Giving some latitude to fuel marketers ahead of the general elections next year, the government has authorised oil marketing companies (OMCs) to hike diesel prices by 50 paisa every month. The first hike came into effect from midnight on Thursday. The small monthly hikes, exclusive of VAT and other taxes, will translate to a hike of Rs 6 annually. The move is expected to provide a shot in the arm to an ailing Indian economy, rein in fiscal deficit while helping oil companies to recover their losses.
Petroleum Minister M Veerappa Moily has said that OMCs have been authorised to make small price corrections from time to time, as market conditions govern. Petroleum experts in Mumbai said the autonomy will help oil firms recover the deficit they have incurred by selling fuel below cost over a period of time. “These companies claim to be incurring a deficit of around Rs 10 per litre. Presently, the international crude prices are stable but they want to recover the money they claim to have been spending from their own pockets,” said an expert.
The move will affect public and private transport operators including BEST buses, trucks and tempos that ply on diesel. Said Bal Malkit Singh, president, All India Motor Transport Congress, “While granting the freedom to oil firms to affect diesel price hikes, there is a conspicuous absence of any regulatory mechanism or watchdog to safeguard the interests of the common man.”
Experts say the road industry wouldn’t be able to absorb any imminent hike in diesel prices and the government should reduce excise and customs duties and VAT on diesel, which constitutes around 50 per cent of the fuel’s cost. Earlier in the day, the government partially deregulated diesel prices by announcing that the price of the heavily-subsidised fuel would from now on be decided by oil companies. Incidentally, in a mild relief, oil firms are expected to cut petrol prices by 25 paise per litre from Friday.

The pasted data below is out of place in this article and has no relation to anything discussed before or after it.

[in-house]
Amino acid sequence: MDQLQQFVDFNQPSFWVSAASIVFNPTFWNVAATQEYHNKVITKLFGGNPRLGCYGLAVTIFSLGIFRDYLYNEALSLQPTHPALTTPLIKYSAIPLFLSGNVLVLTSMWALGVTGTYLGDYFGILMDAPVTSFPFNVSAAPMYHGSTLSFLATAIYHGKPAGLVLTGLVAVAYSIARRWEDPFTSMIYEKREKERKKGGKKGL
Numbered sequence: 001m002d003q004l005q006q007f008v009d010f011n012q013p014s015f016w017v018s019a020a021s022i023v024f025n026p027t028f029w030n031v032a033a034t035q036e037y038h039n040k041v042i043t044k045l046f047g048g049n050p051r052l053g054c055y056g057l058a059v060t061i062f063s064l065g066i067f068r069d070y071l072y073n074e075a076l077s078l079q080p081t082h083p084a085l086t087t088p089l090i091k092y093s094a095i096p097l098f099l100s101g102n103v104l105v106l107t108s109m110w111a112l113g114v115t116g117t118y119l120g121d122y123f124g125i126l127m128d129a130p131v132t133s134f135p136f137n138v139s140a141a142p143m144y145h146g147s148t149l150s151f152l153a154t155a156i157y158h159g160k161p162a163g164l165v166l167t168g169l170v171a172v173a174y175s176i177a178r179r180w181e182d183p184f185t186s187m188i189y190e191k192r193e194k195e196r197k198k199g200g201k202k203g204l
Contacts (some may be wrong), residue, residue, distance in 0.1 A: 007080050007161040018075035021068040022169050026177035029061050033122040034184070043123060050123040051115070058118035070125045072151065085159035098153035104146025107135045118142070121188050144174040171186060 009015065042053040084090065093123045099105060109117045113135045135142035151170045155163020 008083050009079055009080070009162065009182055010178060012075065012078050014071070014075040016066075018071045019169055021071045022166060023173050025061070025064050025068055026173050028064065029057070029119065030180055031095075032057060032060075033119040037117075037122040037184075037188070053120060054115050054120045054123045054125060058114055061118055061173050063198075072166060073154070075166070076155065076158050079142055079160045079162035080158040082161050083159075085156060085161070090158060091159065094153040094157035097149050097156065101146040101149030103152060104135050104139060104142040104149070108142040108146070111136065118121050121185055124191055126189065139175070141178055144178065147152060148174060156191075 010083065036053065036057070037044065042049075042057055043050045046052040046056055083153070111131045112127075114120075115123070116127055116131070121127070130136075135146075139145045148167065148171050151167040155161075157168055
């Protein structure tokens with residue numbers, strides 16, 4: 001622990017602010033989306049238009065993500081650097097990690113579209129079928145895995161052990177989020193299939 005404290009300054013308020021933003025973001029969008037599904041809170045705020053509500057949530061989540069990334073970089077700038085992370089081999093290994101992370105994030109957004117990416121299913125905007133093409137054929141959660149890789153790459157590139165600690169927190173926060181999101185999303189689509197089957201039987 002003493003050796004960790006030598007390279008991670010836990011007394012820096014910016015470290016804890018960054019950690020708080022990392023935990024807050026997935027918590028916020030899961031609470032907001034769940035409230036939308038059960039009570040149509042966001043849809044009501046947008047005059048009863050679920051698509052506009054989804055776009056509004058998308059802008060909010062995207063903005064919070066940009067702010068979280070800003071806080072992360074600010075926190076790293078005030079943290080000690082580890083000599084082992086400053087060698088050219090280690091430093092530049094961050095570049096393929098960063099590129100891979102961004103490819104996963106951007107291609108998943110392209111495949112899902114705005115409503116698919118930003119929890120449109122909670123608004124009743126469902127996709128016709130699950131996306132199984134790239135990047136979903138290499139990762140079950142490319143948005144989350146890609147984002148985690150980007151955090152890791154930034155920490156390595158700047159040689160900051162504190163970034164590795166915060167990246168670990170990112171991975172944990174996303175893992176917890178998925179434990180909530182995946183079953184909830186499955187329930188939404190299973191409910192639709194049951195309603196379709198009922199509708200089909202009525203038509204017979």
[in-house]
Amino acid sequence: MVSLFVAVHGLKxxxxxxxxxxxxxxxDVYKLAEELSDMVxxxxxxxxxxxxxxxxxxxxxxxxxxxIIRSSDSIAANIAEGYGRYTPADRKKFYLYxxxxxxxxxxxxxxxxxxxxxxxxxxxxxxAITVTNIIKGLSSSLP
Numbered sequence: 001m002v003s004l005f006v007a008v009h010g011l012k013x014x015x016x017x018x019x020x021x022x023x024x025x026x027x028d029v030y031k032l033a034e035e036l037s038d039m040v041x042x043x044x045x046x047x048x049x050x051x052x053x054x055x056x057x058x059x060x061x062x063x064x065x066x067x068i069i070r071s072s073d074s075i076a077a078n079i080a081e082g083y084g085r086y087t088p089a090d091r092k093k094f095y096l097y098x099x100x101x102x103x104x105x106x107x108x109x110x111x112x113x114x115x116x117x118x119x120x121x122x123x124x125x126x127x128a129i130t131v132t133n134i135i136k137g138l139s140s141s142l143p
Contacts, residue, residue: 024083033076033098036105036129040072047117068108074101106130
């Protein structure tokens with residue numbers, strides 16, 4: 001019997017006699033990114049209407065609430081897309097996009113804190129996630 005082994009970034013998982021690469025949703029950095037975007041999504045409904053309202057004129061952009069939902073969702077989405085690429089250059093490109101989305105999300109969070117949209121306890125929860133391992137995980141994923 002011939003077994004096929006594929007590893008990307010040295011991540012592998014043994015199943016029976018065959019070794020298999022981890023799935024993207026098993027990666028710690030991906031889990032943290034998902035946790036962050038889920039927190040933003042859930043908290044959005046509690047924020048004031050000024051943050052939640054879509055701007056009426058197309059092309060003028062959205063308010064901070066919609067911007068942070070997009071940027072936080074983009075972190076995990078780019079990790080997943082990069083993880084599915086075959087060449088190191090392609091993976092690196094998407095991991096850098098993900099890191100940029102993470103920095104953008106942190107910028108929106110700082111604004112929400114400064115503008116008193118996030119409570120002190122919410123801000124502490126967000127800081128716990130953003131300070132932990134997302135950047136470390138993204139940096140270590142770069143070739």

The projected annual hike, exclusive of VAT and other taxes, in diesel prices
I seriously don’t know what’s happening. The common man is suffering because of inflation as it is. With the rise in diesel price, rates of essential commodities will go up, making it more difficult for the common man.
Suhel Majid, Andheri resident
At present if we want to purchase a new bus we have to shell out Rs 2 lakh more, as manufacturers have also increased the cost of new buses. With the increase in diesel prices, we will have to increase the fare and the decision regarding the same will be taken in the meeting that will take place on Jan 19
Anil Garg, chairman of the School Bus Owners Association